Jan 24, 2023

Fluidic chemical systems can mimic the way the brain stores memories

Posted by in categories: biological, chemistry, robotics/AI

The brain is often regarded as a soft-matter chemical computer, but the way it processes information is very different to that of conventional silicon circuits. Three groups now describe chemical systems capable of storing information in a manner that resembles the way that neurons communicate with one another at synaptic junctions. Such ‘neuromorphic’ devices could provide very-low-power computation and act as interfaces between conventional electronics and ‘wet’ chemical systems, potentially including neurons and other living cells themselves.

At a synapse, the electrical pulse or action potential that travels along a neuron triggers the release of neurotransmitter molecules that bridge the junction to the next neuron, altering the state of the second neuron by making it more or less likely to fire its own action potential. If one neuron repeatedly influences another, the connection between them may become strengthened. This is how information is thought to become imprinted as a memory, a process called Hebbian learning. The ability of synapses to adjust their connectivity in response to input signals is called plasticity, and in neural networks it typically happens on two timescales. Short-term plasticity (STP) creates connectivity patterns that fade quite fast and are used to filter and process sensory signals, while long-term plasticity (LTP, also called long-term potentiation) imprints more long-lived memories. Both biological processes are still imperfectly understood.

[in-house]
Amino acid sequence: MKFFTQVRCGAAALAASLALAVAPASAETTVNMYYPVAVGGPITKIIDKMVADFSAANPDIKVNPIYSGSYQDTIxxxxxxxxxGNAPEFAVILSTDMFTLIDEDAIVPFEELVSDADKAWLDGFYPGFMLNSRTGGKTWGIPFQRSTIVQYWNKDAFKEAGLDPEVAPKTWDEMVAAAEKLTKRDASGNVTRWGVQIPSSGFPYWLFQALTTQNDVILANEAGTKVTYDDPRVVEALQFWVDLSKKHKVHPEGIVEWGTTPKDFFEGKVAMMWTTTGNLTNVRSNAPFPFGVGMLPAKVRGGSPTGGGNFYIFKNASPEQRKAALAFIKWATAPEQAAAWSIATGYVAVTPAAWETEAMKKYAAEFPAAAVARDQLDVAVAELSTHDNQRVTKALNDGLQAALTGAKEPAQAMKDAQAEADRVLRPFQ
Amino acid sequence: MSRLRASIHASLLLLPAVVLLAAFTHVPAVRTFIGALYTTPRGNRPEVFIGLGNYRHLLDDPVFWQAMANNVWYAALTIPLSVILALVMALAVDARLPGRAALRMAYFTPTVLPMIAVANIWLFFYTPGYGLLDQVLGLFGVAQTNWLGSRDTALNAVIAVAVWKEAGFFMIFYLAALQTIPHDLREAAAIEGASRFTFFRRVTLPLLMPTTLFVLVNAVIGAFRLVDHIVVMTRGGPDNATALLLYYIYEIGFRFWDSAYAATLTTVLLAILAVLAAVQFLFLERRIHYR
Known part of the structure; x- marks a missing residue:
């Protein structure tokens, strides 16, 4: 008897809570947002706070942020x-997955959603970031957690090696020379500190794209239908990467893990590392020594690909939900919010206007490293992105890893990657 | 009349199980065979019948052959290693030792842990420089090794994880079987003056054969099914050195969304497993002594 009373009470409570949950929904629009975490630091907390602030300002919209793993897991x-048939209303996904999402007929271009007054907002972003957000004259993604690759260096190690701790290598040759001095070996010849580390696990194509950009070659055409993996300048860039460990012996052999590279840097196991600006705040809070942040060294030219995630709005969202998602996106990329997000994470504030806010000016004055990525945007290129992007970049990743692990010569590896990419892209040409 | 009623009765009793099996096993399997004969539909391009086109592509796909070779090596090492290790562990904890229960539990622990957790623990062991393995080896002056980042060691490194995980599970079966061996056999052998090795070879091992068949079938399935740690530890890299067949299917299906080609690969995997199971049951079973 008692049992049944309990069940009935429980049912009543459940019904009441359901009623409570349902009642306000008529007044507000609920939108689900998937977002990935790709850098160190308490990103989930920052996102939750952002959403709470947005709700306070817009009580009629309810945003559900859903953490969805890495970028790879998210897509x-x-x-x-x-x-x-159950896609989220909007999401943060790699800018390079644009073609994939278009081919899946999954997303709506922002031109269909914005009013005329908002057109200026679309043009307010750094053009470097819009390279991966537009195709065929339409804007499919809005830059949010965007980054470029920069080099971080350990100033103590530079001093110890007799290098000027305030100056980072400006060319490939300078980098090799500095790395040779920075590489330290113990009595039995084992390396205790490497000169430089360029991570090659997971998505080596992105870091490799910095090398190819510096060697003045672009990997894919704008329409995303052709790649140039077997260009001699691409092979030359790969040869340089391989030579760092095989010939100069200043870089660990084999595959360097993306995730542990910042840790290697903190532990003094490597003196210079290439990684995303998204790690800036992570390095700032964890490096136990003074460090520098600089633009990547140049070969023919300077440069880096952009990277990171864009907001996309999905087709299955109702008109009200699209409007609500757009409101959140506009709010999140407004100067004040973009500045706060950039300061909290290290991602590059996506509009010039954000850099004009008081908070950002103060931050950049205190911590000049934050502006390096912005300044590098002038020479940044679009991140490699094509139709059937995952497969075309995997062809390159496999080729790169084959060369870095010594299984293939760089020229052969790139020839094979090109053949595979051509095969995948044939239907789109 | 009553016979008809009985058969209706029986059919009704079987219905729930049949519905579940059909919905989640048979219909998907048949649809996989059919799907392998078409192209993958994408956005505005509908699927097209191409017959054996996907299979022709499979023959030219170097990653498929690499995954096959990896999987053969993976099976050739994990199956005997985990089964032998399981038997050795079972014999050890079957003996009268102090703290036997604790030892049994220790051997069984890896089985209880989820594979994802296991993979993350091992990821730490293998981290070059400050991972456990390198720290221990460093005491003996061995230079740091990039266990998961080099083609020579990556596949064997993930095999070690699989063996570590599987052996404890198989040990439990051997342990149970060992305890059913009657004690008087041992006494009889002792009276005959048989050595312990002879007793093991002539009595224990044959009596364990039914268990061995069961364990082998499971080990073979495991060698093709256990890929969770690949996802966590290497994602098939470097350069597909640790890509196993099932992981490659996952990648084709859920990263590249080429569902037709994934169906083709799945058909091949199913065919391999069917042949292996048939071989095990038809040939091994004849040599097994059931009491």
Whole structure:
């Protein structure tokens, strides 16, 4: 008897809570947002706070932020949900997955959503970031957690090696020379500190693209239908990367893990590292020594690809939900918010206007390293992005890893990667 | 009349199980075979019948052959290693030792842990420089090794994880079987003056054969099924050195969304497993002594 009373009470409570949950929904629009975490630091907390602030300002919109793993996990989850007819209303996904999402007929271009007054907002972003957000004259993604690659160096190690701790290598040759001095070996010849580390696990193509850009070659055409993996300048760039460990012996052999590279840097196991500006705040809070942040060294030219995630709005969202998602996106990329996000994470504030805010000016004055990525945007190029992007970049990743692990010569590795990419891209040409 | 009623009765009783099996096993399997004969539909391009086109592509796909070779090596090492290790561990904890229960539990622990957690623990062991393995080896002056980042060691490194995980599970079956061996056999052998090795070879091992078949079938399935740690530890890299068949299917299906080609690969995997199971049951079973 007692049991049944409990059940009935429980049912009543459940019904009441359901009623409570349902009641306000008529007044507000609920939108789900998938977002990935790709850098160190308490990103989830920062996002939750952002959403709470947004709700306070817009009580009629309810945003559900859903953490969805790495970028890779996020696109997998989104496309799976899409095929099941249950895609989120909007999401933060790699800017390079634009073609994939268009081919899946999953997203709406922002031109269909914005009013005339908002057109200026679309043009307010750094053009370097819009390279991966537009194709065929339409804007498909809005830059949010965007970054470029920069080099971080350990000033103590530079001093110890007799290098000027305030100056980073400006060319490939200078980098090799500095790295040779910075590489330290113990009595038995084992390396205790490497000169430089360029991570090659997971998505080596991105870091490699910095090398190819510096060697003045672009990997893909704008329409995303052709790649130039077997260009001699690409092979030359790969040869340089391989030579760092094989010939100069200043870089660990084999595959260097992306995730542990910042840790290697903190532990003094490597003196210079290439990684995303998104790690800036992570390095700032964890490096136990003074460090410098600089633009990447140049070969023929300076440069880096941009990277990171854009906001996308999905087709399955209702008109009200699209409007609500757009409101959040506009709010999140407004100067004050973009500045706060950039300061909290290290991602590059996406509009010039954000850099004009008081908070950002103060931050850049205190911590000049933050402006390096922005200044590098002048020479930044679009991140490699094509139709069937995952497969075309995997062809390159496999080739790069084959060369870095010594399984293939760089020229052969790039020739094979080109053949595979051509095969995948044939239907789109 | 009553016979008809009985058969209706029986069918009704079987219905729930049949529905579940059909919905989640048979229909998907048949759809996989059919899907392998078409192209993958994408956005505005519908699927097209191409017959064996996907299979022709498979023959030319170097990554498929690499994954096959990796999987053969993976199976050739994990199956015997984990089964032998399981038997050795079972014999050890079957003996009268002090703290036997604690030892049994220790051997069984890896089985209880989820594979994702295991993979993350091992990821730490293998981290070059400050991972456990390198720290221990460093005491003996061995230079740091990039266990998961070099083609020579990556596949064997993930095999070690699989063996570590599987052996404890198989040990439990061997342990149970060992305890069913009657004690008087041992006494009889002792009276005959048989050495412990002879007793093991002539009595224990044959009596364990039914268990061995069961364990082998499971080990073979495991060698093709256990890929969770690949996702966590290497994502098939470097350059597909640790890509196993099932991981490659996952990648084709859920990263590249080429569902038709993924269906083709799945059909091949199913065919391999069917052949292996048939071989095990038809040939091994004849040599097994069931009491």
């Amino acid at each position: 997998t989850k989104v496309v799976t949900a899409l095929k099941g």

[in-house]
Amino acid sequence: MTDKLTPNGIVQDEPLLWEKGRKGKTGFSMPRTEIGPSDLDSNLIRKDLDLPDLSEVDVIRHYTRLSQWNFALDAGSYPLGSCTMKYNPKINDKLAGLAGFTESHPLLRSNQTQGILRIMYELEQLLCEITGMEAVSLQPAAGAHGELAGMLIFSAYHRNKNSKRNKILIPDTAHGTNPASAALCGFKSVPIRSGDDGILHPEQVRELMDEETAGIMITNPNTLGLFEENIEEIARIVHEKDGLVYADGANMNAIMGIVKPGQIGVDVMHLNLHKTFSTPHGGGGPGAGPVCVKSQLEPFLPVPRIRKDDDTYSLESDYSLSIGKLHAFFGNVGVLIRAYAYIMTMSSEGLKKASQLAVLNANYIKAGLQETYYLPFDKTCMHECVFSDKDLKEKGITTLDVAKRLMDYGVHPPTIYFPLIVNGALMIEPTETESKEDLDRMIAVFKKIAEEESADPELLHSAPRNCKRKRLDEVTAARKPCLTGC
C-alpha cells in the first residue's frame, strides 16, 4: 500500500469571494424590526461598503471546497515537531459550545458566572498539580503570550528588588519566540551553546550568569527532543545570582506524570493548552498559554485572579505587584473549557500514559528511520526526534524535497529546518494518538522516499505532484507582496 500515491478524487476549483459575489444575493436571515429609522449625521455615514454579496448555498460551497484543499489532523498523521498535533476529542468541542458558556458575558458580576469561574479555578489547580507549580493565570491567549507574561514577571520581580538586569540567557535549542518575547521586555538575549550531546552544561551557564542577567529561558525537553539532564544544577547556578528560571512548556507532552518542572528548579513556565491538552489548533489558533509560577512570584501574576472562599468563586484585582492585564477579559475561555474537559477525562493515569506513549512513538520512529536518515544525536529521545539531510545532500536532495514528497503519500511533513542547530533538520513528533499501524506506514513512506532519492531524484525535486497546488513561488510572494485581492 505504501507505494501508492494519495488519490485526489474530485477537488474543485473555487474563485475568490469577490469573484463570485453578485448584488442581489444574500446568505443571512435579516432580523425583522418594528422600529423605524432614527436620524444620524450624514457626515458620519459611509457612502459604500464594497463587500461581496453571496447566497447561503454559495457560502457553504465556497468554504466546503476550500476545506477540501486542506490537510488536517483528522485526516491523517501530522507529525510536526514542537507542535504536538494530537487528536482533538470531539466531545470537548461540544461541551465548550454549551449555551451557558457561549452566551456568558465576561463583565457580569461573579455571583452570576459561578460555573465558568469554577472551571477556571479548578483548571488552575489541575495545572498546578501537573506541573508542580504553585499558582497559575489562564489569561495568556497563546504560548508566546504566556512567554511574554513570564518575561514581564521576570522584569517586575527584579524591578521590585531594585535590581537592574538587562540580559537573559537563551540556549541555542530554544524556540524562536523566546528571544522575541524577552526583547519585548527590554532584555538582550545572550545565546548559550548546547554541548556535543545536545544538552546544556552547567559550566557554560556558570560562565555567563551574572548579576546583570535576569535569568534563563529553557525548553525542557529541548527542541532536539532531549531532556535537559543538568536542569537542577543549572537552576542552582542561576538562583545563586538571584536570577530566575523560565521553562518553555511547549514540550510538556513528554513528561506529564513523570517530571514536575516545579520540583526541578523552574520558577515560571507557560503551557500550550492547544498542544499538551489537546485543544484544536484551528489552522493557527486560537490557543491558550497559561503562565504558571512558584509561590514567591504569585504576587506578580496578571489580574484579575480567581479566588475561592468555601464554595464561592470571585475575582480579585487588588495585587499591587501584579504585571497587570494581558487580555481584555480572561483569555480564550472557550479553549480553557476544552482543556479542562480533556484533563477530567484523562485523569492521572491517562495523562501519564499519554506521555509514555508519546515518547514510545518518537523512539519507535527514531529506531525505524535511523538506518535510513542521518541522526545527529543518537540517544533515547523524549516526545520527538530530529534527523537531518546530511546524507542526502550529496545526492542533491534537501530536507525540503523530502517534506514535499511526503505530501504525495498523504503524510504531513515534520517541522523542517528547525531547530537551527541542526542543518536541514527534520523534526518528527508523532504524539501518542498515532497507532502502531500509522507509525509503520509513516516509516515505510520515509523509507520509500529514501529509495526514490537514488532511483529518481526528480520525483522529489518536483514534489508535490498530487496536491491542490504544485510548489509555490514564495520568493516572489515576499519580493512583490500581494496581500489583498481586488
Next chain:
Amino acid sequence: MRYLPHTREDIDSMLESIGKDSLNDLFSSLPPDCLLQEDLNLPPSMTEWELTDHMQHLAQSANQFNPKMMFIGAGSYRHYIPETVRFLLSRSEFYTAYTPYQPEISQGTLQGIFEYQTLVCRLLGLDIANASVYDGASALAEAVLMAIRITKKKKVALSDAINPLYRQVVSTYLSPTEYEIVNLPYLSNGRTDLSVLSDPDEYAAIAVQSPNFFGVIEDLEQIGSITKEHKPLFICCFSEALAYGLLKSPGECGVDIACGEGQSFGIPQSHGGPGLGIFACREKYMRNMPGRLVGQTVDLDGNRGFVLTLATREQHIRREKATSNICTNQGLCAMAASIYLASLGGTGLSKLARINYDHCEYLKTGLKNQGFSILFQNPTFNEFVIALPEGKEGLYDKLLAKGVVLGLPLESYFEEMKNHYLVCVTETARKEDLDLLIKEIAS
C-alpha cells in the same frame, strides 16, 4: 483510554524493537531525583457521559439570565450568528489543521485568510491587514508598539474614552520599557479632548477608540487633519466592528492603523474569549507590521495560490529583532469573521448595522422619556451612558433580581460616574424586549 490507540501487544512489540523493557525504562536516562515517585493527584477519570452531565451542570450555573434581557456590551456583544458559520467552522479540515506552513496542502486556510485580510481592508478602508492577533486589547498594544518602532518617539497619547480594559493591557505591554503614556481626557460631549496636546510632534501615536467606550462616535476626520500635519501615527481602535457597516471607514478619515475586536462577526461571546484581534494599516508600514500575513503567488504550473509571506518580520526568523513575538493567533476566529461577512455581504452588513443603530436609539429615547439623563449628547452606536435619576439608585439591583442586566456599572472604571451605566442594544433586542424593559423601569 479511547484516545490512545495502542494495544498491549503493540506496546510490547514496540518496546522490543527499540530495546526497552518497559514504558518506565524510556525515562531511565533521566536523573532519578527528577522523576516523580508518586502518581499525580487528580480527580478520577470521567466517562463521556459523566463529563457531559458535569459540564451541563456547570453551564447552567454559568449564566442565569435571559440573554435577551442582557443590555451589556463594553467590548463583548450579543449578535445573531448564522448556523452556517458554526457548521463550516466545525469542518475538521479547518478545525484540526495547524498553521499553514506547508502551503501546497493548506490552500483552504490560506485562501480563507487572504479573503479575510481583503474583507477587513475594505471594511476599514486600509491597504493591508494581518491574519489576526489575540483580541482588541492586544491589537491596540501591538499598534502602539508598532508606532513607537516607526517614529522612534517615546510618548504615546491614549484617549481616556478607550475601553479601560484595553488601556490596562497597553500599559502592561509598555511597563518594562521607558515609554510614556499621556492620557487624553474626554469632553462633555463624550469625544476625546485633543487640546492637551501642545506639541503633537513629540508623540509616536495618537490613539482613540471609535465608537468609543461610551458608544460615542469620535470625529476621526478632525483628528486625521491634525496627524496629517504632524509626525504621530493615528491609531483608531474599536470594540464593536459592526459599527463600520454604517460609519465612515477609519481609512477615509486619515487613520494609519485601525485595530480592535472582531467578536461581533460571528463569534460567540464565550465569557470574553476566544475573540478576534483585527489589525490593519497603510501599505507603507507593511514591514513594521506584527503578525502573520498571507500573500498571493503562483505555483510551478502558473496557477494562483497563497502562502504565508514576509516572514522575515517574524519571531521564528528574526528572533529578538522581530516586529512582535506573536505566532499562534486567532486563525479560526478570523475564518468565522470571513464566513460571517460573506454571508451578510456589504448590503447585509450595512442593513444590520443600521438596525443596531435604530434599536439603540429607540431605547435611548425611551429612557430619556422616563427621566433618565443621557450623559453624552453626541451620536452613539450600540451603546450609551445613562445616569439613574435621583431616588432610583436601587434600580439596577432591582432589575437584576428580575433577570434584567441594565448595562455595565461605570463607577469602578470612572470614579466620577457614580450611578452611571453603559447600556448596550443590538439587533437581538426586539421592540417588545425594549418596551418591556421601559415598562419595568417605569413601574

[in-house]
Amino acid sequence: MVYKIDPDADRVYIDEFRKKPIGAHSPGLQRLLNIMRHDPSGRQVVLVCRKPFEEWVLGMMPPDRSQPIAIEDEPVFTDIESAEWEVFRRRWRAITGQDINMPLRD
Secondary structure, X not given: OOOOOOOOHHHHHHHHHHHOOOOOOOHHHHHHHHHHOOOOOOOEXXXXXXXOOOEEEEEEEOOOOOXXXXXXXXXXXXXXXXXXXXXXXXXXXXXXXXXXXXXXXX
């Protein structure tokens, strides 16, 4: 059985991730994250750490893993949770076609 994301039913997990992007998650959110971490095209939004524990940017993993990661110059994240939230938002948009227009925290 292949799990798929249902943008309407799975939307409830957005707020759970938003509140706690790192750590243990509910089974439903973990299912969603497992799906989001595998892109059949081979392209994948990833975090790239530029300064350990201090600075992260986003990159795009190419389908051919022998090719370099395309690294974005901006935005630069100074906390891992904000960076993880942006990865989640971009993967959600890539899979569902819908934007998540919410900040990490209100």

Neuromorphic circuits that display such learning behaviour have been developed previously using solid-state electronic devices called memristors, two-terminal devices in which the relationship between the current that passes through and the voltage applied depends on the charge that passed through previously. Memristors may retain this memory even when no power is applied – they are ‘non-volatile’ – meaning that neuromorphic circuits can potentially process information with very low power consumption, a feature crucial to the way our brains can function without overheating. Typically, memristor behaviour manifests as a current–voltage relationship on a loop, and the response varies depending on whether the voltage is increasing or decreasing: a property called hysteresis, which itself represents a kind of memory as the device behaviour is contingent on its history.

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